Should Shakespearean Stalwart Kenneth Branagh Direct 'Thor?
MTV News Writers Debate Whether the Actor Is the Right Choice for Marvel's Superhero Movie, 1 October 2008
By Larry Carroll and Shawn Adler

As any movie/comics fan now knows, news went around this past weekend that Kenneth Branagh is in talks with Marvel to direct the first-ever feature film starring Thor, their Norse-god superhero. The good majority of online buzz-makers was not only stunned by the possible selection but quite pleased. Personally, I couldn't express myself verbally when I heard the news as my mouth was preoccupied with a yawn.

Print this article out, file it away and then feel free to throw it in my face when 2010 rolls around, because I sincerely hope that I'm wrong. But as of this moment, I'm quite confident in guaranteeing one fact about our immediate future: Kenneth Branagh's "Thor" would suck. Here are my reasons why (followed by a rebuttal from my colleague Shawn Adler):

1. It's Lazy

The reason why some people like the Branagh choice is because they can already imagine the movie in their heads. After making his name with Shakespearean adaptations like "Henry V" and "Hamlet," it's easy to imagine Branagh taking on another conflicted being with an affinity for staid, rigid, old-timey speech which is exactly why he shouldn't make the film. While we're at it, why don't we have Oliver Stone make "Captain America," since his movies are usually about the U.S.? How about Spike Lee for "Black Lightning"? Rob Cohen made speedy things look cool in "The Fast and the Furious," so let's give him "The Flash"! The best thing about Christopher Nolan, Jon Favreau and Richard Donner is that nothing in their past suggested that they'd make a good superhero movie. If the studios are lazy in selecting their director, the finished project will turn out every bit as unimaginative.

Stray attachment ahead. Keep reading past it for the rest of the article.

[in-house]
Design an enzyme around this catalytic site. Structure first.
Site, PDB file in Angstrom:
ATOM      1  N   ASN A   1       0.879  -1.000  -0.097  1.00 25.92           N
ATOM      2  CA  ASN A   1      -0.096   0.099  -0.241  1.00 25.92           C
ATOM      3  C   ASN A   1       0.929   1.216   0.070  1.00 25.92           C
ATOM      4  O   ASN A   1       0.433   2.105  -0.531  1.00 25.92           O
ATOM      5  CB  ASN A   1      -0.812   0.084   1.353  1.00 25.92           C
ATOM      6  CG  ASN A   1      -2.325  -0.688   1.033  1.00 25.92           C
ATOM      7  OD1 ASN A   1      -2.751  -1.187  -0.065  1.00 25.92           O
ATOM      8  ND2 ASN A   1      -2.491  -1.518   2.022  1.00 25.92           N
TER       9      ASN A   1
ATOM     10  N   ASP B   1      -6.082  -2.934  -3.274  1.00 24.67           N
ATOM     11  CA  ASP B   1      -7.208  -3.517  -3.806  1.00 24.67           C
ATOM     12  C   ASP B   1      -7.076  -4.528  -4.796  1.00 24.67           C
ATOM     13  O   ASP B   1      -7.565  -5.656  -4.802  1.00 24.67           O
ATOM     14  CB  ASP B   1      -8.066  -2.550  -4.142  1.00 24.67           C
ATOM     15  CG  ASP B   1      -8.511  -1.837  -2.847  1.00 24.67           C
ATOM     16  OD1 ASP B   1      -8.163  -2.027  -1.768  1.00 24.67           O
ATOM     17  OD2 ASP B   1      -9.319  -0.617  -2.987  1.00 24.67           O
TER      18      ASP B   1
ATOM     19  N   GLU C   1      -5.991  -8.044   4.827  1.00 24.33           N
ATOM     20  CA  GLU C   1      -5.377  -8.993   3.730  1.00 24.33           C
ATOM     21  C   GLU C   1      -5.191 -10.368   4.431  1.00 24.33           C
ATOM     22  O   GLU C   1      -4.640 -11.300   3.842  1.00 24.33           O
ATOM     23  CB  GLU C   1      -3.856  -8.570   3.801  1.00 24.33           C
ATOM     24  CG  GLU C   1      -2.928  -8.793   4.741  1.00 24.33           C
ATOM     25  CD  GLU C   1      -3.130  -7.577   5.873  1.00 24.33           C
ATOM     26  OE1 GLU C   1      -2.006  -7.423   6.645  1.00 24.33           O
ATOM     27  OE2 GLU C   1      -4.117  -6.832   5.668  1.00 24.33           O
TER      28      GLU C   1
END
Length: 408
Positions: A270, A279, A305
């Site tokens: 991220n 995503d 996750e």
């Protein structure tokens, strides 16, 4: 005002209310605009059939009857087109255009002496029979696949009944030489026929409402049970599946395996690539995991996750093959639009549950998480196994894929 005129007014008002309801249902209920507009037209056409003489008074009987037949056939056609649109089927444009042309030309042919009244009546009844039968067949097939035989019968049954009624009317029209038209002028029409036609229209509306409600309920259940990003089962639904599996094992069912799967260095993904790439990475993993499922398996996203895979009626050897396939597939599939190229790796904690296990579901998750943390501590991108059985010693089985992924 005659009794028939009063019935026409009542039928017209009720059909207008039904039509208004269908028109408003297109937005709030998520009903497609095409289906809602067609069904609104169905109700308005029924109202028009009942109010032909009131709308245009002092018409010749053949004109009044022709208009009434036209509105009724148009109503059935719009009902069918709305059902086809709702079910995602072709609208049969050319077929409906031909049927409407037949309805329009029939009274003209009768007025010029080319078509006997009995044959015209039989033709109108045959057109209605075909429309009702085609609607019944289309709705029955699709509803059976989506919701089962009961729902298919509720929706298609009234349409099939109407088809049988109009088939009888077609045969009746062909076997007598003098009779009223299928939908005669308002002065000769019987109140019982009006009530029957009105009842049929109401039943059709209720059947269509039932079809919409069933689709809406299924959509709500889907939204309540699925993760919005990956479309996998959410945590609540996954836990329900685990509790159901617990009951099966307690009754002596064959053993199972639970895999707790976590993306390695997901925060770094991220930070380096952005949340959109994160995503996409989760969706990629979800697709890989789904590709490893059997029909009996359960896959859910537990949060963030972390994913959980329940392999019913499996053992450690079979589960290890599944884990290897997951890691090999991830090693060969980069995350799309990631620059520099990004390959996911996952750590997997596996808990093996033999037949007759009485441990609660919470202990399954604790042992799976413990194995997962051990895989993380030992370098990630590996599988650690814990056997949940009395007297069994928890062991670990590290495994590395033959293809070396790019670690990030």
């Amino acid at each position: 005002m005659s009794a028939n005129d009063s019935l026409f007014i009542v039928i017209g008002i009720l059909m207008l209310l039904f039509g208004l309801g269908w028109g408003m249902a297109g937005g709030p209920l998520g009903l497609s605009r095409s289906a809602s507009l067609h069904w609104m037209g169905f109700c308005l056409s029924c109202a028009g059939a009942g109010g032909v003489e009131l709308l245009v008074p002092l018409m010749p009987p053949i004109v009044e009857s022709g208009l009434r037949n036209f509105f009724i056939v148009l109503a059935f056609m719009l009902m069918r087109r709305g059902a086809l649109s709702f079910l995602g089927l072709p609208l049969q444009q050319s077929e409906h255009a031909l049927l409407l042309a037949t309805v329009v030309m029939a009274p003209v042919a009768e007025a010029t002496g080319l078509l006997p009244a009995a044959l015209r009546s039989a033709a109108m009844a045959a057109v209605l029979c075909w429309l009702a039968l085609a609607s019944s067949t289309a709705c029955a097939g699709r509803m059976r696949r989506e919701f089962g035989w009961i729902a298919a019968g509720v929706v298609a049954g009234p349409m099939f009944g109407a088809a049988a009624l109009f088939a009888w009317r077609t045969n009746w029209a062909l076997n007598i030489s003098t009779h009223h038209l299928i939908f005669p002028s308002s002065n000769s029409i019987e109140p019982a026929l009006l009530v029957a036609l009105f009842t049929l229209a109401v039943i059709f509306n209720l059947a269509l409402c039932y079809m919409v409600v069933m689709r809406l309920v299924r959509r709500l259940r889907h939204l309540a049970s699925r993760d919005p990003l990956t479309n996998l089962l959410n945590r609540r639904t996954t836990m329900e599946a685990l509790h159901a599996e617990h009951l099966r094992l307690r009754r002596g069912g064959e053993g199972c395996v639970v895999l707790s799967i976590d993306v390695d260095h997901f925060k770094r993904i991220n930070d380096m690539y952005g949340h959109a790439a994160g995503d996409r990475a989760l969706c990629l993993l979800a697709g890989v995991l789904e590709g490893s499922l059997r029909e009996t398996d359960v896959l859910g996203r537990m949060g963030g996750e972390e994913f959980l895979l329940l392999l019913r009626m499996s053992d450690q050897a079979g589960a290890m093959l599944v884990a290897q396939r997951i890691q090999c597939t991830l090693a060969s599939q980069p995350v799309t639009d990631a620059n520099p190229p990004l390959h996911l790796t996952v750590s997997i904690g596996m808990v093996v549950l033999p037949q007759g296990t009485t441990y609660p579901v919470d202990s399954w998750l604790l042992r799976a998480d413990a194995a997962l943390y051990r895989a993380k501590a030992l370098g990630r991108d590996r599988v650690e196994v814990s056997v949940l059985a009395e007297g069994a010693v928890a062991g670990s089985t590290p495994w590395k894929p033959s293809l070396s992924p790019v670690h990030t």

2. Branagh Hasn't Made a Good Movie in 12 Years

Seriously, if not for Harry Potter, we'd have spent the last few years looking for this guy's face on the side of a milk carton. After beginning his career with a meteoric rise that had people mentioning him in the same breath as Orson Welles, he spent more than a decade following the rapidly diminishing career path of ... Orson Welles. "Love's Labour's Lost" was dismissed with such viciousness that you'd think it was called "Swept Away." "How to Kill Your Neighbor's Dog" made me want to have myself neutered. And let's not get started on "Wild Wild West," OK?

3. Thor Is the Debbie Downer of Superheroes

Invite Hulk to your party, and you know he'll be tossing the proverbial keg through the window. Tony Stark is fun and charming, and he'd bring the ladies. Everybody would want to get Wasp drunk on a thimble of whiskey, Hank Pym seems kooky enough to put a lampshade on his head, and Captain America is, quite simply, the man. But Thor only works when his stiff, stick-to-the-plan sensibilities are contrasted with the other Avengers. The very notion of spending 120 minutes with an arrogant, wing-helmeted, fuzzy-boot-wearing thunder god and his goofy hammer promises the worst superhero misfire since "Ghost Rider."

4. Playing a Different Tune